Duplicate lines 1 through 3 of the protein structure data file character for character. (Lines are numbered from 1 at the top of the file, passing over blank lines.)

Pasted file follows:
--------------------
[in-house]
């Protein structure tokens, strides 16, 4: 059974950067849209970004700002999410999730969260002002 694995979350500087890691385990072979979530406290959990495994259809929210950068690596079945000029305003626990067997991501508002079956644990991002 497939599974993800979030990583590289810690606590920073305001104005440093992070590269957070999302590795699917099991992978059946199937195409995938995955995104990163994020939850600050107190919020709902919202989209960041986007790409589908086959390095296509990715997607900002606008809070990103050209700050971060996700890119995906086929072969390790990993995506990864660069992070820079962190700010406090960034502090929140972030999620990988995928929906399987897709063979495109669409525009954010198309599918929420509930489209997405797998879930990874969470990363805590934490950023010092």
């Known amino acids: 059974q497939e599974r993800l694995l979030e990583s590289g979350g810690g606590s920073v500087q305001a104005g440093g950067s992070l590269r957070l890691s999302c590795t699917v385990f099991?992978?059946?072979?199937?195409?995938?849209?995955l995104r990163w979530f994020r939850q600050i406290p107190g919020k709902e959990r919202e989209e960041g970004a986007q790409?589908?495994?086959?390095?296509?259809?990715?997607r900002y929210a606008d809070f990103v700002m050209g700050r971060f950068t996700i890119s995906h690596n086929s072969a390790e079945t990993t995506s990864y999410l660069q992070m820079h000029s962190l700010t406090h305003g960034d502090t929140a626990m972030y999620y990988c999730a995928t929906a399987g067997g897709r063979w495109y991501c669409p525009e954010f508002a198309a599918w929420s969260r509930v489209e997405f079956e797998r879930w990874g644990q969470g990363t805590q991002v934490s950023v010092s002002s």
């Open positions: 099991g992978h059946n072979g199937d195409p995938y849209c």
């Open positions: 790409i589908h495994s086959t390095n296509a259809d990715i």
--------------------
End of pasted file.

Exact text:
[in-house]
């Protein structure tokens, strides 16, 4: 059974950067849209970004700002999410999730969260002002 694995979350500087890691385990072979979530406290959990495994259809929210950068690596079945000029305003626990067997991501508002079956644990991002 497939599974993800979030990583590289810690606590920073305001104005440093992070590269957070999302590795699917099991992978059946199937195409995938995955995104990163994020939850600050107190919020709902919202989209960041986007790409589908086959390095296509990715997607900002606008809070990103050209700050971060996700890119995906086929072969390790990993995506990864660069992070820079962190700010406090960034502090929140972030999620990988995928929906399987897709063979495109669409525009954010198309599918929420509930489209997405797998879930990874969470990363805590934490950023010092």
């Known amino acids: 059974q497939e599974r993800l694995l979030e990583s590289g979350g810690g606590s920073v500087q305001a104005g440093g950067s992070l590269r957070l890691s999302c590795t699917v385990f099991?992978?059946?072979?199937?195409?995938?849209?995955l995104r990163w979530f994020r939850q600050i406290p107190g919020k709902e959990r919202e989209e960041g970004a986007q790409?589908?495994?086959?390095?296509?259809?990715?997607r900002y929210a606008d809070f990103v700002m050209g700050r971060f950068t996700i890119s995906h690596n086929s072969a390790e079945t990993t995506s990864y999410l660069q992070m820079h000029s962190l700010t406090h305003g960034d502090t929140a626990m972030y999620y990988c999730a995928t929906a399987g067997g897709r063979w495109y991501c669409p525009e954010f508002a198309a599918w929420s969260r509930v489209e997405f079956e797998r879930w990874g644990q969470g990363t805590q991002v934490s950023v010092s002002s």